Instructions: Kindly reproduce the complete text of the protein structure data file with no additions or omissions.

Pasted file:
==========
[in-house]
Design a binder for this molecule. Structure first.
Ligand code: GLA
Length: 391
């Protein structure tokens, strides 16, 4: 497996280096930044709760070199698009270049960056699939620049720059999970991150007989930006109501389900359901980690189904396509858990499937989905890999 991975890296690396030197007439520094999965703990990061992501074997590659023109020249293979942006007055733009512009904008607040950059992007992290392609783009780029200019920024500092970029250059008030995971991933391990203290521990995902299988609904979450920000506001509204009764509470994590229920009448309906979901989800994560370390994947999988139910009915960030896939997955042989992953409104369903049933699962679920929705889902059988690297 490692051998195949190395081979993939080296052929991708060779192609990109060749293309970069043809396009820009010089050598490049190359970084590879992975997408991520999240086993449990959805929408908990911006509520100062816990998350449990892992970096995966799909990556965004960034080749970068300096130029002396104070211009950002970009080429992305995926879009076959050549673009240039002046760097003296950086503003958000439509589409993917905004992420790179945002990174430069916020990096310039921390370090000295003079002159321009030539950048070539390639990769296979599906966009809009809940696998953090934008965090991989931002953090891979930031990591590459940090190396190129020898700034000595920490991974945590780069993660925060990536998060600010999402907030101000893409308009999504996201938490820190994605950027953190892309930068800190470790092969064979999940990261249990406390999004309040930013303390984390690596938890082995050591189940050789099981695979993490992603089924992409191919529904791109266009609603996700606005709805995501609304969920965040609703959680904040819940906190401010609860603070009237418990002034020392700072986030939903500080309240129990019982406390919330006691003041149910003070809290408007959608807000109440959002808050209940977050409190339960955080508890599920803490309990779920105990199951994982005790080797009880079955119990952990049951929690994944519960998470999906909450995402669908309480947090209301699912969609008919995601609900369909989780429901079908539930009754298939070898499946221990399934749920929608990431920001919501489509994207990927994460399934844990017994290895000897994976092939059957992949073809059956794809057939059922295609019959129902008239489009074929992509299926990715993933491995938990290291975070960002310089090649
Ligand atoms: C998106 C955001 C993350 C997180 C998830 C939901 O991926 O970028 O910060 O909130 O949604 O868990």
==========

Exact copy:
[in-house]
Design a binder for this molecule. Structure first.
Ligand code: GLA
Length: 391
């Protein structure tokens, strides 16, 4: 497996280096930044709760070199698009270049960056699939620049720059999970991150007989930006109501389900359901980690189904396509858990499937989905890999 991975890296690396030197007439520094999965703990990061992501074997590659023109020249293979942006007055733009512009904008607040950059992007992290392609783009780029200019920024500092970029250059008030995971991933391990203290521990995902299988609904979450920000506001509204009764509470994590229920009448309906979901989800994560370390994947999988139910009915960030896939997955042989992953409104369903049933699962679920929705889902059988690297 490692051998195949190395081979993939080296052929991708060779192609990109060749293309970069043809396009820009010089050598490049190359970084590879992975997408991520999240086993449990959805929408908990911006509520100062816990998350449990892992970096995966799909990556965004960034080749970068300096130029002396104070211009950002970009080429992305995926879009076959050549673009240039002046760097003296950086503003958000439509589409993917905004992420790179945002990174430069916020990096310039921390370090000295003079002159321009030539950048070539390639990769296979599906966009809009809940696998953090934008965090991989931002953090891979930031990591590459940090190396190129020898700034000595920490991974945590780069993660925060990536998060600010999402907030101000893409308009999504996201938490820190994605950027953190892309930068800190470790092969064979999940990261249990406390999004309040930013303390984390690596938890082995050591189940050789099981695979993490992603089924992409191919529904791109266009609603996700606005709805995501609304969920965040609703959680904040819940906190401010609860603070009237418990002034020392700072986030939903500080309240129990019982406390919330006691003041149910003070809290408007959608807000109440959002808050209940977050409190339960955080508890599920803490309990779920105990199951994982005790080797009880079955119990952990049951929690994944519960998470999906909450995402669908309480947090209301699912969609008919995601609900369909989780429901079908539930009754298939070898499946221990399934749920929608990431920001919501489509994207990927994460399934844990017994290895000897994976092939059957992949073809059956794809057939059922295609019959129902008239489009074929992509299926990715993933491995938990290291975070960002310089090649
Ligand atoms: C998106 C955001 C993350 C997180 C998830 C939901 O991926 O970028 O910060 O909130 O949604 O868990």